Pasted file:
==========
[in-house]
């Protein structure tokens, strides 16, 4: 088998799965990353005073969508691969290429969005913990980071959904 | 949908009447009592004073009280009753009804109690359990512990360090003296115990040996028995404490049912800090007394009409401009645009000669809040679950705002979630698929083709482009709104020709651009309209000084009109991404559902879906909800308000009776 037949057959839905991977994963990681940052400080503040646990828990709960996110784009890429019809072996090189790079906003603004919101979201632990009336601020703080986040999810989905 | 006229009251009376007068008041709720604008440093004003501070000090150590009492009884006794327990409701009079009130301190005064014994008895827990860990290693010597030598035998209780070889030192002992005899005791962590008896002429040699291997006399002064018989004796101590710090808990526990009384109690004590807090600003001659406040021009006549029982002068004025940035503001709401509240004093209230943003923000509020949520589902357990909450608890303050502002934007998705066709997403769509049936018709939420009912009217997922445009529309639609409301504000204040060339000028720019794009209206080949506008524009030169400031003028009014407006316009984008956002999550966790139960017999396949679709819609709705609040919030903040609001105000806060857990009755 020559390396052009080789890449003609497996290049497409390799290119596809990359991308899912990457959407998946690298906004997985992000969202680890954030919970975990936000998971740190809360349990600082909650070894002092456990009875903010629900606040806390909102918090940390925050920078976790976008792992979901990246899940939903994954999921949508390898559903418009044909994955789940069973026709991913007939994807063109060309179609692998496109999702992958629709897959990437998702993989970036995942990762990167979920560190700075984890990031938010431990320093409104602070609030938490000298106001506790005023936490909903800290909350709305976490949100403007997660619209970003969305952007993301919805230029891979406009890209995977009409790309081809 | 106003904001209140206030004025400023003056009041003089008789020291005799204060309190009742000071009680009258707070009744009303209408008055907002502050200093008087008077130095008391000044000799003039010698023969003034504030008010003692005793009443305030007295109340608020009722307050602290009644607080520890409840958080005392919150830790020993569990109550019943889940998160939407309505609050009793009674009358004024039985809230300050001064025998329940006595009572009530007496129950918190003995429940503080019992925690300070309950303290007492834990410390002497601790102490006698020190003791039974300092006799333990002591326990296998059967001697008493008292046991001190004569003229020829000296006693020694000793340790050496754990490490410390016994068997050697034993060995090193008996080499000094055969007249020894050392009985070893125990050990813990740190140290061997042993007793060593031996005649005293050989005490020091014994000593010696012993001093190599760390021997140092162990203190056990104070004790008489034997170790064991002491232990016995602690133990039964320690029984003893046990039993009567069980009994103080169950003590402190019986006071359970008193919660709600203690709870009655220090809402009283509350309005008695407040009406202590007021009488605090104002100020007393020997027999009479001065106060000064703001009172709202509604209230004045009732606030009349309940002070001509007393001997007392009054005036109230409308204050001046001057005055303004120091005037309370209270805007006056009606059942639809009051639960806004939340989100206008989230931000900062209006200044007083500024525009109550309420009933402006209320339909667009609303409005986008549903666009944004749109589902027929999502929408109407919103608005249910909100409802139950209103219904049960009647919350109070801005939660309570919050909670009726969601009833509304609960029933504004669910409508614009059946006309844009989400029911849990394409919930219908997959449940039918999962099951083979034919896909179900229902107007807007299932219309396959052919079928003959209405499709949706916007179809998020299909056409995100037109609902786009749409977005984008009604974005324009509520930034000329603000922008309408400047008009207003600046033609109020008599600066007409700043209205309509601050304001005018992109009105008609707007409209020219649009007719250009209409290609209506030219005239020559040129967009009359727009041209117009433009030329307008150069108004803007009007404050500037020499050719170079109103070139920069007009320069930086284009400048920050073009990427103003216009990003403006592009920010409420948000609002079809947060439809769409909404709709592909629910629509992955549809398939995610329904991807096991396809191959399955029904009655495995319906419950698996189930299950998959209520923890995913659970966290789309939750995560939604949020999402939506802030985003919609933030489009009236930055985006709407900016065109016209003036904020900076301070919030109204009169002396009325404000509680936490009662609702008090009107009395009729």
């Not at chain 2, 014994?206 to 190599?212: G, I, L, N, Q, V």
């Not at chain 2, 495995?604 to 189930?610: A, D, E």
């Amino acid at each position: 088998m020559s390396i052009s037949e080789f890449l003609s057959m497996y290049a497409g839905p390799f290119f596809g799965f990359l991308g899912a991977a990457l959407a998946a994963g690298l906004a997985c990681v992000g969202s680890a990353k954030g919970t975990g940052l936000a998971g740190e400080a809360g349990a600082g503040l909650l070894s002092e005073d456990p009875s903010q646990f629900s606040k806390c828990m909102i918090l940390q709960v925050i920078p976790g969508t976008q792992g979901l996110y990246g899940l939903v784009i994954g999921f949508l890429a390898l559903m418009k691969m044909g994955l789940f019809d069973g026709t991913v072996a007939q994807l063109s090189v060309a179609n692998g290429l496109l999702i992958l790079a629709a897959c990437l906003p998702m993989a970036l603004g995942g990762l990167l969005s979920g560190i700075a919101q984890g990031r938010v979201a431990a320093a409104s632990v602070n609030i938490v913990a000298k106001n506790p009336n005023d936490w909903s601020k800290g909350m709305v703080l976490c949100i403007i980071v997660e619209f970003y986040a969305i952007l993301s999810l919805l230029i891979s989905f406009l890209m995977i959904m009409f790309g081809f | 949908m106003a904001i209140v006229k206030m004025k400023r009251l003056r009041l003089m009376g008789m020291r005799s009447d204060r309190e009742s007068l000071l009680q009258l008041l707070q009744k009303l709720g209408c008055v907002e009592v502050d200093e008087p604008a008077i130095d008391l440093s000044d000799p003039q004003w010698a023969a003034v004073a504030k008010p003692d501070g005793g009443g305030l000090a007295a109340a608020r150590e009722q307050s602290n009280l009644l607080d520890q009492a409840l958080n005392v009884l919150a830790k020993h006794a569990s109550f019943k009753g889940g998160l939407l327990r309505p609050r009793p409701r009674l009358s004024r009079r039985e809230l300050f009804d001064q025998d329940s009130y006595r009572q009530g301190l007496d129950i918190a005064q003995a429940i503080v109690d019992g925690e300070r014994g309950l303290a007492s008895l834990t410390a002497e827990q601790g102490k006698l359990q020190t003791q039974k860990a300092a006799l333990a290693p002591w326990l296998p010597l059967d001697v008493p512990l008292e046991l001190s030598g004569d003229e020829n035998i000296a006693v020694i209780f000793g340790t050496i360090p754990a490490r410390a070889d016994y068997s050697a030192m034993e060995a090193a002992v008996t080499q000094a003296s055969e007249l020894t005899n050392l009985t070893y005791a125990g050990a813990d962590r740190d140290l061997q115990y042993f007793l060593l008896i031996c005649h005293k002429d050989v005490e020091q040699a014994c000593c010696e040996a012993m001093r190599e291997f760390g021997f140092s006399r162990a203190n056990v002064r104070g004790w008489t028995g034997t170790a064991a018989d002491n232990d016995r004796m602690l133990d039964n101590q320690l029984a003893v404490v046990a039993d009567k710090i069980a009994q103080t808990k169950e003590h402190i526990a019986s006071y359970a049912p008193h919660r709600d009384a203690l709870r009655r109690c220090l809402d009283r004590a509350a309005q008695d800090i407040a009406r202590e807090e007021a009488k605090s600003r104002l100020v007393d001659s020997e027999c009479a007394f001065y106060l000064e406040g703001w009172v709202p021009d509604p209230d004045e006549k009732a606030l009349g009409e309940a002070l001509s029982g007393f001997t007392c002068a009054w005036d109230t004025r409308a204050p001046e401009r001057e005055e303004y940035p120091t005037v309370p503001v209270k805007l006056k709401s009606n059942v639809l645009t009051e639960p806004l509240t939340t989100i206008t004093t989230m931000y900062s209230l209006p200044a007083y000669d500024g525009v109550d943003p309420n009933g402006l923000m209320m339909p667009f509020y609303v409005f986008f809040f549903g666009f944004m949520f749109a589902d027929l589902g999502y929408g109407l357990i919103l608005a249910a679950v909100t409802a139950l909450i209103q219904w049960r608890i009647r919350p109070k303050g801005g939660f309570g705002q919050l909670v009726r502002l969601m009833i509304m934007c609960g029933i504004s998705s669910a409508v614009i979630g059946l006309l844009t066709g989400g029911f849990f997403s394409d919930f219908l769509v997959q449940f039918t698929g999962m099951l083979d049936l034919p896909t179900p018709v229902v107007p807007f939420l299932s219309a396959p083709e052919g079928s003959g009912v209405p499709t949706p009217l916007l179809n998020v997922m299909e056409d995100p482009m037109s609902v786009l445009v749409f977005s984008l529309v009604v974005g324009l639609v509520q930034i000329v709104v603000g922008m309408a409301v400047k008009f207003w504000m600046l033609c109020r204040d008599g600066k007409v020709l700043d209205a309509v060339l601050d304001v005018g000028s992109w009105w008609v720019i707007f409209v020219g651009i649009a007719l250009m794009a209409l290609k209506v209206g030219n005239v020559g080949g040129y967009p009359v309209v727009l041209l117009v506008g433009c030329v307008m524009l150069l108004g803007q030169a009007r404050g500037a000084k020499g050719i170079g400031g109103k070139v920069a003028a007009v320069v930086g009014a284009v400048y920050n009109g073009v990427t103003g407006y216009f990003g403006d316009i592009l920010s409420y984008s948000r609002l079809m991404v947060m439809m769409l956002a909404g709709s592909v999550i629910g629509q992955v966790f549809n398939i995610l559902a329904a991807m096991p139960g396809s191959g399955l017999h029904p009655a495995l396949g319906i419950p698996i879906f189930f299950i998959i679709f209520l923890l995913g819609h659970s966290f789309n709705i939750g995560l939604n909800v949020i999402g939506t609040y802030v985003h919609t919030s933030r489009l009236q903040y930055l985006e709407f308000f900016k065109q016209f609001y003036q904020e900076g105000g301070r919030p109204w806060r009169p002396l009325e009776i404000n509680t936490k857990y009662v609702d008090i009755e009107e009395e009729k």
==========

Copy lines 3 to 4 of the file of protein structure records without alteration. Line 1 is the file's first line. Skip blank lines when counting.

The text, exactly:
């Not at chain 2, 014994?206 to 190599?212: G, I, L, N, Q, V």
């Not at chain 2, 495995?604 to 189930?610: A, D, E």